Until February 19, 2006, Zaheer Khan had been given enough rope to hang the whole team. He claimed thirteen wickets in his last ten games at an average of 33. He leaked 4.9 runs an over. Nine of his thirteen came in three matches against a ragtag Africa XI alliance which was recognized officially but dismissed as pointless. Of the four remaining wickets, two were tailenders. In competitive games (the other seven) on average he conceded 55 runs. And then he ran out of rope.
The lack of news it made showed us one thing: we often complain about perceived gaps when there is nothing to fill them. But out went Khan and in his place came Sreesanth, Munaf, the Singhs. Isn't competition beautiful?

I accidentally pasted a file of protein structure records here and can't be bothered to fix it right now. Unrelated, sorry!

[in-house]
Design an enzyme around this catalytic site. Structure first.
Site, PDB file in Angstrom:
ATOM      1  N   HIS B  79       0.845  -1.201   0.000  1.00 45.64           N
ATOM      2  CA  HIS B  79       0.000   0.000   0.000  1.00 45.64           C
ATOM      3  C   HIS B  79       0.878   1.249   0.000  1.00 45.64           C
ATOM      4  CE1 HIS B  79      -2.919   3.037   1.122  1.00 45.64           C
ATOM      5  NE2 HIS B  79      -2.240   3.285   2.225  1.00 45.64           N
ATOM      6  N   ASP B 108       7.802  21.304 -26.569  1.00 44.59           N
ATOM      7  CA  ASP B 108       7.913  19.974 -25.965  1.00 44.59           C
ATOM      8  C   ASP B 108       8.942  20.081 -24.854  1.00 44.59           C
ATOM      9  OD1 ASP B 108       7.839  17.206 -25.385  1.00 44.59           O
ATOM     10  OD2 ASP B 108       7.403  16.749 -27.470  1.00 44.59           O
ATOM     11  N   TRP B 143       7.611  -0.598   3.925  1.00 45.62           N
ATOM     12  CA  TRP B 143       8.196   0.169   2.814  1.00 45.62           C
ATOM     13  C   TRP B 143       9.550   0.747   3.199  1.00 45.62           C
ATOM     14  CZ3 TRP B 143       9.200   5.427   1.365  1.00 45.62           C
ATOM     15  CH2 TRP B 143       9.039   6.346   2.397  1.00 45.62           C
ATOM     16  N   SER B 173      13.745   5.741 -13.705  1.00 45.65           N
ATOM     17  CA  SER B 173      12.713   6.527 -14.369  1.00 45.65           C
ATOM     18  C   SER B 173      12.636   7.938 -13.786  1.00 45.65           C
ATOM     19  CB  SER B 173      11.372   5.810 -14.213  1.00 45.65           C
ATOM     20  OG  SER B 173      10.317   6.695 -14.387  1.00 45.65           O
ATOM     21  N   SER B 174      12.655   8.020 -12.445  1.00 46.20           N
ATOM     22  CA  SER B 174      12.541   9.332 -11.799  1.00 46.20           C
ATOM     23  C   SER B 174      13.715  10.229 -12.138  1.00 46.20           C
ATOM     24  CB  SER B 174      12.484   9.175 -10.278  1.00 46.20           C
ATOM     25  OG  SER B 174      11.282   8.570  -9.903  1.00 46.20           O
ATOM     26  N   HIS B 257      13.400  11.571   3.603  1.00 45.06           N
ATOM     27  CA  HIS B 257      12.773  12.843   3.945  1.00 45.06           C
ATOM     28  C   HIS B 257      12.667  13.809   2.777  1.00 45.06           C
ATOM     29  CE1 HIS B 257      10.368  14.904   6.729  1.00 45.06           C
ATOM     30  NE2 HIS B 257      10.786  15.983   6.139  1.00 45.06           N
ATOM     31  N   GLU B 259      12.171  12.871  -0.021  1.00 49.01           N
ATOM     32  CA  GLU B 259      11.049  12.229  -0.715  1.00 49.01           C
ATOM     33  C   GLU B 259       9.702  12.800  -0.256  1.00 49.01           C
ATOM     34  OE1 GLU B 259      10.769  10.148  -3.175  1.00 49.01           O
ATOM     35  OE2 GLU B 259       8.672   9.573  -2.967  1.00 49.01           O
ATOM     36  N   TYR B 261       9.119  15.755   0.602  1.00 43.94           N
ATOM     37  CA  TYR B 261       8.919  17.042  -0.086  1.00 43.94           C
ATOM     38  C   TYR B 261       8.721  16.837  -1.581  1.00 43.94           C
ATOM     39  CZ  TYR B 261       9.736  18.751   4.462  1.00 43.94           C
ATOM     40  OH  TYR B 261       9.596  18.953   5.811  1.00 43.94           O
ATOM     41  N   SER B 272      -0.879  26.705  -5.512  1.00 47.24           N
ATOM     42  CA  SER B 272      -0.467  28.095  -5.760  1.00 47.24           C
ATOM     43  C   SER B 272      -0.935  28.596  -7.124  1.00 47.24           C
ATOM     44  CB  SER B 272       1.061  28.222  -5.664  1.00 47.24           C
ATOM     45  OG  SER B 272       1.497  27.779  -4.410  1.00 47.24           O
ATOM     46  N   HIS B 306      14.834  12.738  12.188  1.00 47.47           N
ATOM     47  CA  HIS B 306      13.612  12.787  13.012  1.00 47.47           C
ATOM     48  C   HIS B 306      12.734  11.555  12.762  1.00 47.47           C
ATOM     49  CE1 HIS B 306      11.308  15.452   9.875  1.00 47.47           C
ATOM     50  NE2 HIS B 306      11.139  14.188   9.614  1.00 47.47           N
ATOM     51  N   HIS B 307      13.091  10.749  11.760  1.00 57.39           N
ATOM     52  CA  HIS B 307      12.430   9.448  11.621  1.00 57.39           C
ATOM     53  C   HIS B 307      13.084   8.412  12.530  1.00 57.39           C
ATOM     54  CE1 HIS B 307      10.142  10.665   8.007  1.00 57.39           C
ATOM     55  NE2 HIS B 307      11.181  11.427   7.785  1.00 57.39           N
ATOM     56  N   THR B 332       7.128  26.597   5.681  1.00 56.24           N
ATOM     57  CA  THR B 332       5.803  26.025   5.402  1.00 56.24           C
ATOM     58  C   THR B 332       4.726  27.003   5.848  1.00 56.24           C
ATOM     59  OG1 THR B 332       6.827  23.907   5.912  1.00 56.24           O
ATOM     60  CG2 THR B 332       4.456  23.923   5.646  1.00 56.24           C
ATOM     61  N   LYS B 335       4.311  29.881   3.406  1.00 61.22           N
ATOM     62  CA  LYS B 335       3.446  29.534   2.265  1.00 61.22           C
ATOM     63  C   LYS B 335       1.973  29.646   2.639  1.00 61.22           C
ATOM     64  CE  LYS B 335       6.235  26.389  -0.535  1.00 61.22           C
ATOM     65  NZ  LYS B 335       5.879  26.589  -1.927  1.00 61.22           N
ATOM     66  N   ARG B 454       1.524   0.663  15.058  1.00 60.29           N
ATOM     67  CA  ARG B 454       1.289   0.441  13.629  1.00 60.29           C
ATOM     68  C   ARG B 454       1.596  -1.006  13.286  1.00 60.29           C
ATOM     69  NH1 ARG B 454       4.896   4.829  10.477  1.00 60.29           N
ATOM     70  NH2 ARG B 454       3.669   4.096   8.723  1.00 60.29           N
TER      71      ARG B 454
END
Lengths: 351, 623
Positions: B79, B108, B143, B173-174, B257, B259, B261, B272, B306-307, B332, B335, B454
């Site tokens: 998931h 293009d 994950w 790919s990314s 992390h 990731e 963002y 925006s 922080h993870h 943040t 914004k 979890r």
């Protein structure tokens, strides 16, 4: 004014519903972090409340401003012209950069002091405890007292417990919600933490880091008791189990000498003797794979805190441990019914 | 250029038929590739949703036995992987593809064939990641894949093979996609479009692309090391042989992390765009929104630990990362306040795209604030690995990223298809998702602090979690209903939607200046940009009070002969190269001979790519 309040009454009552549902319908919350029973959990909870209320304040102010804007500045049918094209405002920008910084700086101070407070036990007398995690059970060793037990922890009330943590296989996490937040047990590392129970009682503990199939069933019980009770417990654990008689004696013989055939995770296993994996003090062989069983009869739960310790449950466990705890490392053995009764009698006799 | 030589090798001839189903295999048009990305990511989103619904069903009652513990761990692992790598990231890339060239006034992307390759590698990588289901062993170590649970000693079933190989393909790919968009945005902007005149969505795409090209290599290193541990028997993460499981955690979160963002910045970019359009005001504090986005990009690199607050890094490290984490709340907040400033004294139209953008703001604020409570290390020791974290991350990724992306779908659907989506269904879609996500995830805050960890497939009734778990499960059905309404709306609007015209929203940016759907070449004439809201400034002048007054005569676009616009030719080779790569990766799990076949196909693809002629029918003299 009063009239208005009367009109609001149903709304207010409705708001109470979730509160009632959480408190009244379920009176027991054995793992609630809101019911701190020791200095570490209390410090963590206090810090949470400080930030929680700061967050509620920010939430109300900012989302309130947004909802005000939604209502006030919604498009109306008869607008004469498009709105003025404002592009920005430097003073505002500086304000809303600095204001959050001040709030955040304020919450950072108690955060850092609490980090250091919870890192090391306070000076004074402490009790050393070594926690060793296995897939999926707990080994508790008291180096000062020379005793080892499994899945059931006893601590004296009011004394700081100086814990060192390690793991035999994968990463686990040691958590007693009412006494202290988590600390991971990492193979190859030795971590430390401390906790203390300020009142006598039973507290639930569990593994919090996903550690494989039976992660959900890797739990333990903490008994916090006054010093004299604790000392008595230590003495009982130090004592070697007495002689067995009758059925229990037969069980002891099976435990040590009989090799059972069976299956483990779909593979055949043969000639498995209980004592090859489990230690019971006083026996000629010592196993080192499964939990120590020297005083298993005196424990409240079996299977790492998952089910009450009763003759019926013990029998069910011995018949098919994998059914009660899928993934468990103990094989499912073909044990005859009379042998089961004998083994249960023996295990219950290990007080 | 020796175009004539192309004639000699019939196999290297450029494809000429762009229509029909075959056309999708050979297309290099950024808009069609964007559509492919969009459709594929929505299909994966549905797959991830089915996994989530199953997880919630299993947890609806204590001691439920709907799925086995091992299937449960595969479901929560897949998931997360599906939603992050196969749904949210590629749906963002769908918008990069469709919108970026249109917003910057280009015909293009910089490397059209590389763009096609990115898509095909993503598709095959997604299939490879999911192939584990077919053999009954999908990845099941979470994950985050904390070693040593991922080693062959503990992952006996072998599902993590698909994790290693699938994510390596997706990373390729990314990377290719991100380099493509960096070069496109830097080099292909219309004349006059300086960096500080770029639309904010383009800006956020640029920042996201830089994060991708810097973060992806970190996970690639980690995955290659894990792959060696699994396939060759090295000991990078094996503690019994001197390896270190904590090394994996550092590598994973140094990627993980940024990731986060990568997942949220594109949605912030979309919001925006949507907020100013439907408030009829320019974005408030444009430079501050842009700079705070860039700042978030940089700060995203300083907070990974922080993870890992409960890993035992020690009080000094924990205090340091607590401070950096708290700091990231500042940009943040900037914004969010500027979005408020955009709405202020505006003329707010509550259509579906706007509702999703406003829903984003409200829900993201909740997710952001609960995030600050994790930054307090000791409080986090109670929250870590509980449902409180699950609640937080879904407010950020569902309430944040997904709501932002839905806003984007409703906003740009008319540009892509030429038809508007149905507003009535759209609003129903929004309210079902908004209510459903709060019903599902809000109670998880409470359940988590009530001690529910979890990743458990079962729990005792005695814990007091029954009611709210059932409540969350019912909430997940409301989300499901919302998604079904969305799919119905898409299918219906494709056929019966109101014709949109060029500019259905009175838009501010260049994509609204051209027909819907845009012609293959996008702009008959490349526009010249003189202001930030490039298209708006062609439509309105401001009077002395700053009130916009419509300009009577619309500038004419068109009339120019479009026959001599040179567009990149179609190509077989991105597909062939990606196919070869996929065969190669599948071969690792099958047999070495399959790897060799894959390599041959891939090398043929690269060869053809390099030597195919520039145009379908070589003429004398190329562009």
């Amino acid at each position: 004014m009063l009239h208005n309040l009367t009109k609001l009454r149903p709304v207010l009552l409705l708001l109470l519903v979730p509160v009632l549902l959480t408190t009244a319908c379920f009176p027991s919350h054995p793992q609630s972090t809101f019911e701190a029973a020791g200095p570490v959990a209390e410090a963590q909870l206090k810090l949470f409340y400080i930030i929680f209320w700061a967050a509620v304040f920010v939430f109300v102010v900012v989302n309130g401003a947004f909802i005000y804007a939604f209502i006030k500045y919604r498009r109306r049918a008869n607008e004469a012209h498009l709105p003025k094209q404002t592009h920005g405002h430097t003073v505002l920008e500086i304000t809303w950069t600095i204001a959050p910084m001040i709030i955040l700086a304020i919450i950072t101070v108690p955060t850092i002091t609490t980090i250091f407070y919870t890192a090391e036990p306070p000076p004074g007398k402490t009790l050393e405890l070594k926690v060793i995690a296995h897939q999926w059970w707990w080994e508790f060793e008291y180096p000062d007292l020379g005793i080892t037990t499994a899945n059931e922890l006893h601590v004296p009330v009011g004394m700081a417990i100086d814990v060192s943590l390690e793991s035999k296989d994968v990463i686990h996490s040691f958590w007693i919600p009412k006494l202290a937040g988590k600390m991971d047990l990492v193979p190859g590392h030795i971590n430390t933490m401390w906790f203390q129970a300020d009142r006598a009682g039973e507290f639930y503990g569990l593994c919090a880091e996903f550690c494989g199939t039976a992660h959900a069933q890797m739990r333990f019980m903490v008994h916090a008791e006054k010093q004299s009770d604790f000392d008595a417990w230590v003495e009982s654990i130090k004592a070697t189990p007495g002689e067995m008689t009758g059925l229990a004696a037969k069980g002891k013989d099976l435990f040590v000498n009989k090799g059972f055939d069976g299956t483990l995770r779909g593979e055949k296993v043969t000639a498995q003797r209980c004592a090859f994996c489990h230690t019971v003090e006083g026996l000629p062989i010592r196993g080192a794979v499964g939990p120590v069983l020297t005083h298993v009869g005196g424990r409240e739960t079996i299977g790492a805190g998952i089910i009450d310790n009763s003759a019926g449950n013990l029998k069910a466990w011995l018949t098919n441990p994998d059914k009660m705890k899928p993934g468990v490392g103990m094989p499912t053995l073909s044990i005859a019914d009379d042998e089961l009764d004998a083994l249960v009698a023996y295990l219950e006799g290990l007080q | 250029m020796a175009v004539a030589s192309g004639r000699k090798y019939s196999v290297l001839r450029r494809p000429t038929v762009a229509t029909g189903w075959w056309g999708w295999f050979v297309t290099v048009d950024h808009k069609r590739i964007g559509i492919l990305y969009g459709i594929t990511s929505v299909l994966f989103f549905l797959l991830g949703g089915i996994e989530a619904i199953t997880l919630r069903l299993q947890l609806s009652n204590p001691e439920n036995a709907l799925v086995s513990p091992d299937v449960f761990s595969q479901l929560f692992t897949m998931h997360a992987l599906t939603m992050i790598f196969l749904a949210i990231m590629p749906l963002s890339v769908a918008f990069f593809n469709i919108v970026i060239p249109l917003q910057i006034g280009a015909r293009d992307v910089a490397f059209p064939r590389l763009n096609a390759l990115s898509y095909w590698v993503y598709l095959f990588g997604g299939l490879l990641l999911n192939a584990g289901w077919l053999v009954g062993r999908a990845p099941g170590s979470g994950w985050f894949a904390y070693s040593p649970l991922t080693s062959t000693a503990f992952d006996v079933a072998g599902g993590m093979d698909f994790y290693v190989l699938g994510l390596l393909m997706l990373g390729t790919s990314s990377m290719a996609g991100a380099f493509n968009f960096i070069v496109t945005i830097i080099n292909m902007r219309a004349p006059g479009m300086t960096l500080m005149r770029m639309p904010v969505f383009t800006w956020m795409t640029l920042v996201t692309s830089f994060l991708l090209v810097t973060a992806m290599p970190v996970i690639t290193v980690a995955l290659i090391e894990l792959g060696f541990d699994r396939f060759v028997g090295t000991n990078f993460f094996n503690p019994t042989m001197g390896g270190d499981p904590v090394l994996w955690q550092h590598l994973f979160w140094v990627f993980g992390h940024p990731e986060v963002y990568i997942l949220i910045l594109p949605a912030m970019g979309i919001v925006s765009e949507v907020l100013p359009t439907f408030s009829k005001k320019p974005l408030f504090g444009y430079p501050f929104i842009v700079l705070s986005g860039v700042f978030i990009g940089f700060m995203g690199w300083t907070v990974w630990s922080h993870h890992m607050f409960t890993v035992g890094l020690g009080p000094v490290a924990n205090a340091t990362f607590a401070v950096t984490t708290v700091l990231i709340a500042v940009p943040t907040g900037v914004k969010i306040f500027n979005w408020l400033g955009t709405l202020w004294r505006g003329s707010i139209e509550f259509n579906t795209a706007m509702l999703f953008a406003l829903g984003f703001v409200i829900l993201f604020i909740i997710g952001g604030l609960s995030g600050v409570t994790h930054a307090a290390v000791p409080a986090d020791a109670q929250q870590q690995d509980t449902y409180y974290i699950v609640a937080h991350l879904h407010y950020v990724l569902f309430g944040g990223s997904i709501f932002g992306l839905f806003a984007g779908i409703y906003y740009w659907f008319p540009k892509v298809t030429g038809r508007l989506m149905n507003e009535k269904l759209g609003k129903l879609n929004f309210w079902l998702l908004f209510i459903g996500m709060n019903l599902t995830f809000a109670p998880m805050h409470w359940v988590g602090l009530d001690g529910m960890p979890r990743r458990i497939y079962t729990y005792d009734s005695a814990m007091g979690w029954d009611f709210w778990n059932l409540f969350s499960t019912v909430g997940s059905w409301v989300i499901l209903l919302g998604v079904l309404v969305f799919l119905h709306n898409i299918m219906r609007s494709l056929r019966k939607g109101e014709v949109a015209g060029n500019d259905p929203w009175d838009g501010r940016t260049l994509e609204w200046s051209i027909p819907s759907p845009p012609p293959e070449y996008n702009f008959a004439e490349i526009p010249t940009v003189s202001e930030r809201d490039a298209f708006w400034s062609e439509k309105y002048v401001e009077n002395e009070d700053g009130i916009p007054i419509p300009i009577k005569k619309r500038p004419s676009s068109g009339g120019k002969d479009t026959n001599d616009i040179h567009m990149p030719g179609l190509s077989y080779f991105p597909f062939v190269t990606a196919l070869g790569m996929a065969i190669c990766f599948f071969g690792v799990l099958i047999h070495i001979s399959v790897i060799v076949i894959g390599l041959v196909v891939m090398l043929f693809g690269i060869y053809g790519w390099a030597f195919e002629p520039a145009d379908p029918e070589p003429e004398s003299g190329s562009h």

Dropping players in poor form makes even more sense when you see what they transform into. In the last fortnight Khan has been accurate, skillful, and has bowled with thought. His approach to Graeme Smith was superb in its execution. After starting the first game with two wides, he has made batsmen awkward regularly. The third one-dayer, in which he dismissed Smith and Kallis in three balls, was especially significant because he harassed them repeatedly. This wasn't Khan. Not the bad old Khan. Would this transformation have come about if he knew that a place in the team came cheaply and to those with reputations? This is a guy who depressed fitness trainers.
It's possible that Virender Sehwag requires a similar approach. How long can you keep a bad thing going?